Muir Wood therapist, David Laing

ADHD Meds Under the Gun at Many Colleges

The problem of abuse of ADHD medications like Adderall among high school and college students is becoming such a huge issue that a number of colleges are addressing stimulant medication abuse proactively, according to the New York Times. So many students are learning which symptoms they have to fake in order to get a prescription that will provide them a stimulant boost—and ultimately, a stimulant addiction—that dependence upon ADHD medications are skyrocketing. And so are the negative effects of abuse of the drugs.

The Problem With ADHD Medication Abuse

When kids who don’t need Adderall, Vyvanse, and other ADHD medications take the pills, they experience a stimulant effect. Many use this to help them to complete projects, stay up late to study for tests, and manage schedules that include work, school, and extracurricular activities. A study done by the National Institutes of Health found that about 34 percent of students had used prescription ADHD medications to get them through academically stressful periods.

Unfortunately, the effects of utilizing these medications for this purpose include:

  • Stimulant addiction
  • Panic attacks
  • Irregular heartbeat and other heart problems
  • Death, if mixed with alcohol or other drugs

What Colleges Are Doing to Address the Problem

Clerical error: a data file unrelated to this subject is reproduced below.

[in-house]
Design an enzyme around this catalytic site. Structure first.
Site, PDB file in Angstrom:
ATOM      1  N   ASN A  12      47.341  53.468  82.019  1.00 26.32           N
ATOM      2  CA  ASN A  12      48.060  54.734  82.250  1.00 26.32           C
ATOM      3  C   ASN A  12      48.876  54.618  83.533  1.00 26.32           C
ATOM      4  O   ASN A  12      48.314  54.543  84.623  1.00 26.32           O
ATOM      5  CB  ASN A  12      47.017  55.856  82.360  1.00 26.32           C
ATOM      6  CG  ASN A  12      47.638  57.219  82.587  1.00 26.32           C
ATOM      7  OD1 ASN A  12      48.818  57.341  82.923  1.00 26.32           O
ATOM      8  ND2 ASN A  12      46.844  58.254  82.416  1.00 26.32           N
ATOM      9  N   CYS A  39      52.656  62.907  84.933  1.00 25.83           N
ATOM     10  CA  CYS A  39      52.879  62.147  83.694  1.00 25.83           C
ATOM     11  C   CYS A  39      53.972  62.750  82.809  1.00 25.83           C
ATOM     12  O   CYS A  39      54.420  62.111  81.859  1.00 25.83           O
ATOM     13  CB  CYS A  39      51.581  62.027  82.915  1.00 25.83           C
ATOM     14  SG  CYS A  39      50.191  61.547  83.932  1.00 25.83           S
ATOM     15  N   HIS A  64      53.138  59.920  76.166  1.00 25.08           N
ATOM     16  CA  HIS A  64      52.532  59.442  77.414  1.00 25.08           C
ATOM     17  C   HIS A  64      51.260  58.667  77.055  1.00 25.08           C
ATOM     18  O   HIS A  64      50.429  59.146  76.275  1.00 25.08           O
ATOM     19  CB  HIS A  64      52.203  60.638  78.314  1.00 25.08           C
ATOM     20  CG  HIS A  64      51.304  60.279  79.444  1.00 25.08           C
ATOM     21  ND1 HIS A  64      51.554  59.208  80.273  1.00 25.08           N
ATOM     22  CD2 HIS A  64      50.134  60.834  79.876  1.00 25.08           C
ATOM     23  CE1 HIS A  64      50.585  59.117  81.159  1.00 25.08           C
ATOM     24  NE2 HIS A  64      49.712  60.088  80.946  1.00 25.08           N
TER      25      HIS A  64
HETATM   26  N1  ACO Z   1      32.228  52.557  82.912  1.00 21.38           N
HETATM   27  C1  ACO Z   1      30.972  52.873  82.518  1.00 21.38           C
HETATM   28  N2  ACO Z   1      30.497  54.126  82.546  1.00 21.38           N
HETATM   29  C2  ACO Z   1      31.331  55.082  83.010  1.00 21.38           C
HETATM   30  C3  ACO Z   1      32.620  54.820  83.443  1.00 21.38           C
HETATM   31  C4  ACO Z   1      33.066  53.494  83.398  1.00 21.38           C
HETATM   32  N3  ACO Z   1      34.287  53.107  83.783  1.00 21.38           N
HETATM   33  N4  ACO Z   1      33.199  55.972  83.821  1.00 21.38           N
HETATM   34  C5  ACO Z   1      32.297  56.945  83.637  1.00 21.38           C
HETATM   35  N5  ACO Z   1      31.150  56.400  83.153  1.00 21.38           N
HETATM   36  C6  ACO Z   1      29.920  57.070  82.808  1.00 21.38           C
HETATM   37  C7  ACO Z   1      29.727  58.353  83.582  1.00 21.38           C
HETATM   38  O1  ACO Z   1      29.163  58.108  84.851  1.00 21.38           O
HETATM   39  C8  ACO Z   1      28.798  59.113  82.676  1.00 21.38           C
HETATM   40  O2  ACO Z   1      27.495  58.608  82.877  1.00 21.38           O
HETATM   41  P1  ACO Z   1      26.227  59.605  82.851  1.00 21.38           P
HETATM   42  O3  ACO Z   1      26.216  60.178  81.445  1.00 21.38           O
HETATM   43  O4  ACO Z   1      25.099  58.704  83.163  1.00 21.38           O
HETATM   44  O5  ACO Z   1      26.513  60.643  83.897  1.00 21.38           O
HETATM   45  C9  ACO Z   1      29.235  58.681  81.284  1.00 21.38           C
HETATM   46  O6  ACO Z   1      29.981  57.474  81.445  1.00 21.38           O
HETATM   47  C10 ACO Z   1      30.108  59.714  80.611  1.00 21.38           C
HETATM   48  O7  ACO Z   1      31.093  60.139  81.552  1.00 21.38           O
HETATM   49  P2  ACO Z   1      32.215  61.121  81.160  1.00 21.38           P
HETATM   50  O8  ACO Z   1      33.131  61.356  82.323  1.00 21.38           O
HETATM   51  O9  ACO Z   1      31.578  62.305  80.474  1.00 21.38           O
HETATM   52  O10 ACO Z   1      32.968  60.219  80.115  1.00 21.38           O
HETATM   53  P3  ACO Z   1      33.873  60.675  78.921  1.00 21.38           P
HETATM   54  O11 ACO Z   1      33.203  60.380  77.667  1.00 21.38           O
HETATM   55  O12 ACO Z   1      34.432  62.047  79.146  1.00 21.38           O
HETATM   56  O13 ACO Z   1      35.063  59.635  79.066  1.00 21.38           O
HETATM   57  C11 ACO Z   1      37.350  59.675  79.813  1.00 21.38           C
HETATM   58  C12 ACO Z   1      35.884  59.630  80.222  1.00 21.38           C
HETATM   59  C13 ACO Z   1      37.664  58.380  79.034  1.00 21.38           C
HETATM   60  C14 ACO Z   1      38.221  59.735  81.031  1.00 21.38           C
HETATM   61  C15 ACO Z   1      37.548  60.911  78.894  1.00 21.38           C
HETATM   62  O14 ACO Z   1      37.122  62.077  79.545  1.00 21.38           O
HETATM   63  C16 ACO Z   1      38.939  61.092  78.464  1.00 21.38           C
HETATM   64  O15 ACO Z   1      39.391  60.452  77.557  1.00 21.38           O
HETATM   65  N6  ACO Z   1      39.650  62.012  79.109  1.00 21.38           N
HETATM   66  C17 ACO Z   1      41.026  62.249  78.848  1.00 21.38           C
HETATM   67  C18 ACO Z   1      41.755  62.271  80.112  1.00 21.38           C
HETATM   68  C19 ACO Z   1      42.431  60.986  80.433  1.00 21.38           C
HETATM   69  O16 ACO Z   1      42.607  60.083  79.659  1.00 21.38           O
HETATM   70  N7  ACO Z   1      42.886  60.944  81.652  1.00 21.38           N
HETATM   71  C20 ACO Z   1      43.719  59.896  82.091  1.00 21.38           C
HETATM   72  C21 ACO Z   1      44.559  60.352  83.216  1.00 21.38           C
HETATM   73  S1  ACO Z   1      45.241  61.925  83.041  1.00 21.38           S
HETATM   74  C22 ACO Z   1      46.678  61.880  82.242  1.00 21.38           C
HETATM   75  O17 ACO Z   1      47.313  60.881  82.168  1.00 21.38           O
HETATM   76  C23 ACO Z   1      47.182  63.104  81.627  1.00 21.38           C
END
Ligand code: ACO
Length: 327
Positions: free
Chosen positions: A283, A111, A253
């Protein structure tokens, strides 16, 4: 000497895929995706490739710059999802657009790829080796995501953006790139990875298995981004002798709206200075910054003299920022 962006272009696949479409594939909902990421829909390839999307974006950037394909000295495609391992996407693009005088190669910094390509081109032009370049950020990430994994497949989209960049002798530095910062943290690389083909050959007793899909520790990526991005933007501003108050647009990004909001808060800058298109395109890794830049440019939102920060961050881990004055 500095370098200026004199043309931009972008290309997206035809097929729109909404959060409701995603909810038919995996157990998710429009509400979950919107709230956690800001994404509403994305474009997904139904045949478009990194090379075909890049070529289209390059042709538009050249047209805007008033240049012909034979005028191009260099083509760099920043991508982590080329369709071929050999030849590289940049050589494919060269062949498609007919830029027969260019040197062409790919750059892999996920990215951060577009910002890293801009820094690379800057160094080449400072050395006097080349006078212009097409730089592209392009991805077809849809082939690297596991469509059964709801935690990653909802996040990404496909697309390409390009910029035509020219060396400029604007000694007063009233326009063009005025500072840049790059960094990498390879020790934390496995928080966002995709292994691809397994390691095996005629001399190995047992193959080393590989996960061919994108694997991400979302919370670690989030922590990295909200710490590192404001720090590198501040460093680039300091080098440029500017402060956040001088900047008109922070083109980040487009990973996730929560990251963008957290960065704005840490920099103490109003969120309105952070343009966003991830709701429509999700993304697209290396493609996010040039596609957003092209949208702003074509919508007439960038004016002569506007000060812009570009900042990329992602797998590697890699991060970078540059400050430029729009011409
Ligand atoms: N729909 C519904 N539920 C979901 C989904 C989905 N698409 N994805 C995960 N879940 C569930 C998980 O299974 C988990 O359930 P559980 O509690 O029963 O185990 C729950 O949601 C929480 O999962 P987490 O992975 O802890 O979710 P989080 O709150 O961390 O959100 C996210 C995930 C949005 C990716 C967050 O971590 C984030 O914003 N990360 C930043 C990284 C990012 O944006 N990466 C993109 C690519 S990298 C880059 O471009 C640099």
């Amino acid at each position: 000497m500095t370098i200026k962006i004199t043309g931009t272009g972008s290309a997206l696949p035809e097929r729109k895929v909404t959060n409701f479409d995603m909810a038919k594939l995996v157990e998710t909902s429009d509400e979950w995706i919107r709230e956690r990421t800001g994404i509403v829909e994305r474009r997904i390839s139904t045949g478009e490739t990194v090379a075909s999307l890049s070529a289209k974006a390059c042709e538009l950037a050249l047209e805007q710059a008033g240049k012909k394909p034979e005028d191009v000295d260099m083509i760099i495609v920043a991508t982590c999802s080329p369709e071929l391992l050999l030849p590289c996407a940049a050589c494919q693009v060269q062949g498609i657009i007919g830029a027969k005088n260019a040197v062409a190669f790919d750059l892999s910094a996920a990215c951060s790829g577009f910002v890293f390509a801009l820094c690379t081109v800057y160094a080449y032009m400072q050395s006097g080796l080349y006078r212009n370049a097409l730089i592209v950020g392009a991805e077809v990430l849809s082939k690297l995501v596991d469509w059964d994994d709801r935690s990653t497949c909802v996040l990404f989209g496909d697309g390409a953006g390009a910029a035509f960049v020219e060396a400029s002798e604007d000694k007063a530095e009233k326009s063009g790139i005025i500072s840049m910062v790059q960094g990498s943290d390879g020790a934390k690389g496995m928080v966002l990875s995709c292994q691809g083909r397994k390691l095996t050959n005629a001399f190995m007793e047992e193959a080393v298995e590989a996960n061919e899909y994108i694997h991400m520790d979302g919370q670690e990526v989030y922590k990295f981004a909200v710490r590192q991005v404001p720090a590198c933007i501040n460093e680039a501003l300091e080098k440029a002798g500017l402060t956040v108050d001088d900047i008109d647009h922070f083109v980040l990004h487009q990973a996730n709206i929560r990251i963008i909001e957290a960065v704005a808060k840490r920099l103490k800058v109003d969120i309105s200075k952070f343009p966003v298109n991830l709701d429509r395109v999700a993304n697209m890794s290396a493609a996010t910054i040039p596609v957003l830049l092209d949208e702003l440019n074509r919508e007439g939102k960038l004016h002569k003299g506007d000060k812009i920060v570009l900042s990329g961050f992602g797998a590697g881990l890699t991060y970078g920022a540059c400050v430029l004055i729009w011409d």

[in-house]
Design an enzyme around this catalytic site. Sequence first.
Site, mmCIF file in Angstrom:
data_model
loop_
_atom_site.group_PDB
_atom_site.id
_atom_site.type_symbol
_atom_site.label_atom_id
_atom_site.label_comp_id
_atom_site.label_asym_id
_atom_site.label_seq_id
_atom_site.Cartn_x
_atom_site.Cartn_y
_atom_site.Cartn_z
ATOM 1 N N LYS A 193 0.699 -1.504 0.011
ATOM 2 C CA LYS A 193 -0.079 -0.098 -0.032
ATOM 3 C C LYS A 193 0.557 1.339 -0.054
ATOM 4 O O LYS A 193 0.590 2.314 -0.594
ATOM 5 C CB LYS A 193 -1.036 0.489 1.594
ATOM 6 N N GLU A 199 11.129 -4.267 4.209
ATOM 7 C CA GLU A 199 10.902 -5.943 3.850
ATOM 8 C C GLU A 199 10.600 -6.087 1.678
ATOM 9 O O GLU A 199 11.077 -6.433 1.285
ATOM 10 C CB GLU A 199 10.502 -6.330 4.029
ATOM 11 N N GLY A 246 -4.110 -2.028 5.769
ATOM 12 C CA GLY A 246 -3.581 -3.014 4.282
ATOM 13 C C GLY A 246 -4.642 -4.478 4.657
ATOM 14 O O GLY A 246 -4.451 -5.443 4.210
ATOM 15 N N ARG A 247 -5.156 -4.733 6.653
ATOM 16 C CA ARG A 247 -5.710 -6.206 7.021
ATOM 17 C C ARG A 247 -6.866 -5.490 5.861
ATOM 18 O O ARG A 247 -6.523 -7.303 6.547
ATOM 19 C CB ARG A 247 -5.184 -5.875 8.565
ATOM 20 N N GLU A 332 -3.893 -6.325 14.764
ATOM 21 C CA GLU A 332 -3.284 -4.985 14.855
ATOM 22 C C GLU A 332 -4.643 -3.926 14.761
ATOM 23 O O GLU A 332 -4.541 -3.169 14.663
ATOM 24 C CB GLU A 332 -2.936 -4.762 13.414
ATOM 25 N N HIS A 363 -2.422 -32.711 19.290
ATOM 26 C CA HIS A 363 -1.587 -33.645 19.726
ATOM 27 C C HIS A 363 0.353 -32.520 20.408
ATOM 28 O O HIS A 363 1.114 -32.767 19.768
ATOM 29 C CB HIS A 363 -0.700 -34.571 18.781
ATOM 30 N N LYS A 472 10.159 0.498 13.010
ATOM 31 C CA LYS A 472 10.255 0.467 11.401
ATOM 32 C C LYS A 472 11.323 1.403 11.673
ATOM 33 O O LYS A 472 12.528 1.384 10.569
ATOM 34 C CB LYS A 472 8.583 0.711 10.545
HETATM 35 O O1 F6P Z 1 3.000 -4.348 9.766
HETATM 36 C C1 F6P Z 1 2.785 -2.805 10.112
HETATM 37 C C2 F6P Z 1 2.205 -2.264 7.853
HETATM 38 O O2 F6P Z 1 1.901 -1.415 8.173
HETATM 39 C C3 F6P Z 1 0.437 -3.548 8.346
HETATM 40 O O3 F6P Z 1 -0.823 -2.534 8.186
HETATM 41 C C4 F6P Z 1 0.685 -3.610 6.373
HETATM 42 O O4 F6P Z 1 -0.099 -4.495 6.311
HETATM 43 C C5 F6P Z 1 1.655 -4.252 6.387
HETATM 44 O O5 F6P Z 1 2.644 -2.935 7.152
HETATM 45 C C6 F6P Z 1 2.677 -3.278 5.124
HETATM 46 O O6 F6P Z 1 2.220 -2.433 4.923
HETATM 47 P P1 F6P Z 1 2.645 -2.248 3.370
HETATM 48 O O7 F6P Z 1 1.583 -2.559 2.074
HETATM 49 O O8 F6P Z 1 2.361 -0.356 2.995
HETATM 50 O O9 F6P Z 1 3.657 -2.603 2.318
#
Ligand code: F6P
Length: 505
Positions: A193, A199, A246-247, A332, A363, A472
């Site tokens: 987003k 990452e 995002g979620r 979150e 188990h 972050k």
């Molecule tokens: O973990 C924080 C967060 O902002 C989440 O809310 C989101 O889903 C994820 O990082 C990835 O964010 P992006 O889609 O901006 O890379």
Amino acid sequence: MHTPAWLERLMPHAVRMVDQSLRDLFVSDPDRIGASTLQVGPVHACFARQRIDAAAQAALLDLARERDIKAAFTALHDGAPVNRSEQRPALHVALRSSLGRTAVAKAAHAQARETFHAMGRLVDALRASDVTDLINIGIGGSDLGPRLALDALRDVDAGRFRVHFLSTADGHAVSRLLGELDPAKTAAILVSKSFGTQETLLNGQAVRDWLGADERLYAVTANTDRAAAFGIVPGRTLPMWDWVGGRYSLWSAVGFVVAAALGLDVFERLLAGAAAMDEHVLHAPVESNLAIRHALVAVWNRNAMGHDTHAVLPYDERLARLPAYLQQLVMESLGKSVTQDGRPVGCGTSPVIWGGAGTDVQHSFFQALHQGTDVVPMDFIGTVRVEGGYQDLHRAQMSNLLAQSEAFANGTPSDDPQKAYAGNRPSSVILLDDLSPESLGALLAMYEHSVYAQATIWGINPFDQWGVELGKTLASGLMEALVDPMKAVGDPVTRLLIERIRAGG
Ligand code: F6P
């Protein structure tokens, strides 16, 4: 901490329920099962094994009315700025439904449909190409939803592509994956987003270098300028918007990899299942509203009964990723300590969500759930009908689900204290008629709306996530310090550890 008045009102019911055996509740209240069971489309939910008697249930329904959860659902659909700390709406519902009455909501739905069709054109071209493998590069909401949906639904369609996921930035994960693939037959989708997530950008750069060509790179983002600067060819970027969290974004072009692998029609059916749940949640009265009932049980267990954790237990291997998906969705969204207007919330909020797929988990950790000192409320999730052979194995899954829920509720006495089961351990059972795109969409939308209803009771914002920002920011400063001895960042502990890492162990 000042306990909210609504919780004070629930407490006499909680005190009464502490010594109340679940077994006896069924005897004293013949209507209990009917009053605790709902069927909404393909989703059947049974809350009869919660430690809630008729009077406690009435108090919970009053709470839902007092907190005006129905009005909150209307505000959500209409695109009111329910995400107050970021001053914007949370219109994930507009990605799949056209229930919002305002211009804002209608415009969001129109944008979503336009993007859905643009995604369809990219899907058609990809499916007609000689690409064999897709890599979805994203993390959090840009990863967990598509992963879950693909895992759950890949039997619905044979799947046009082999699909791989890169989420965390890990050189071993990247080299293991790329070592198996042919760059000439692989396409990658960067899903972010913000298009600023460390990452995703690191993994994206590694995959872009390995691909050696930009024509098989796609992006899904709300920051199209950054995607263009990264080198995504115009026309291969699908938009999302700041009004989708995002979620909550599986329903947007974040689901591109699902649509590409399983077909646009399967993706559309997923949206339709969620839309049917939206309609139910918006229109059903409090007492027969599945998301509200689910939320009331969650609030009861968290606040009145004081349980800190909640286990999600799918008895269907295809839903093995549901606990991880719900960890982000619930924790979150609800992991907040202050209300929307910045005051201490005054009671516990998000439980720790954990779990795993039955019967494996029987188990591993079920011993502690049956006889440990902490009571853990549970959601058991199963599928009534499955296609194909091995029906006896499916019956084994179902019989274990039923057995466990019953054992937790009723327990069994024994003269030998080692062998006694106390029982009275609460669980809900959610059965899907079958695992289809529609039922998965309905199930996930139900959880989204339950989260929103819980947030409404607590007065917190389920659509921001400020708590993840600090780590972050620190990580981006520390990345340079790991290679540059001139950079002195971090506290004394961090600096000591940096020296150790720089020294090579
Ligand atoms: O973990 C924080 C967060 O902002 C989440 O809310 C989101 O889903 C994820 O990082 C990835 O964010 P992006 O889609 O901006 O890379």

Some schools are asking students to sign a contract that says they will not share their pills with others, sell them or in any way distribute them, or abuse their medications when they receive a diagnosis of ADHD or get a prescription for the medications. Other schools do not allow their doctors to diagnose ADHD in students while others do not allow their doctors to prescribe stimulant ADHD medications. Still others require their doctors to call the parents of the student in order to confirm the symptoms described by the student and get a full medical history.

Dr. Jon Porter is the director of Medical, Counseling, and Psychiatry Services at the University of Vermont. He said, “We get complaints that you’re making it hard to get treatment. There’s some truth to that. The counterweight is these prescriptions can be abused at a high rate, and we’re not willing to be a part of that and end up with kids sick or dead.”

What Parents Can Do

Many kids start abusing stimulant medications prescribed for ADHD during their high school years. If they are prescribed the drug, they may find that their body responds differently to the medication over time as they grow and opt to keep taking the medication. Others take their friends’ medications or buy them in order to study harder or longer. Though it may not sound like a bad thing, the mental health and physical effects can be devastating; a good grade isn’t worth the toll the pill takes on the mind and body.

Call us at Muir Wood today to learn more about how you can help your son stop abusing prescription drugs of all kinds.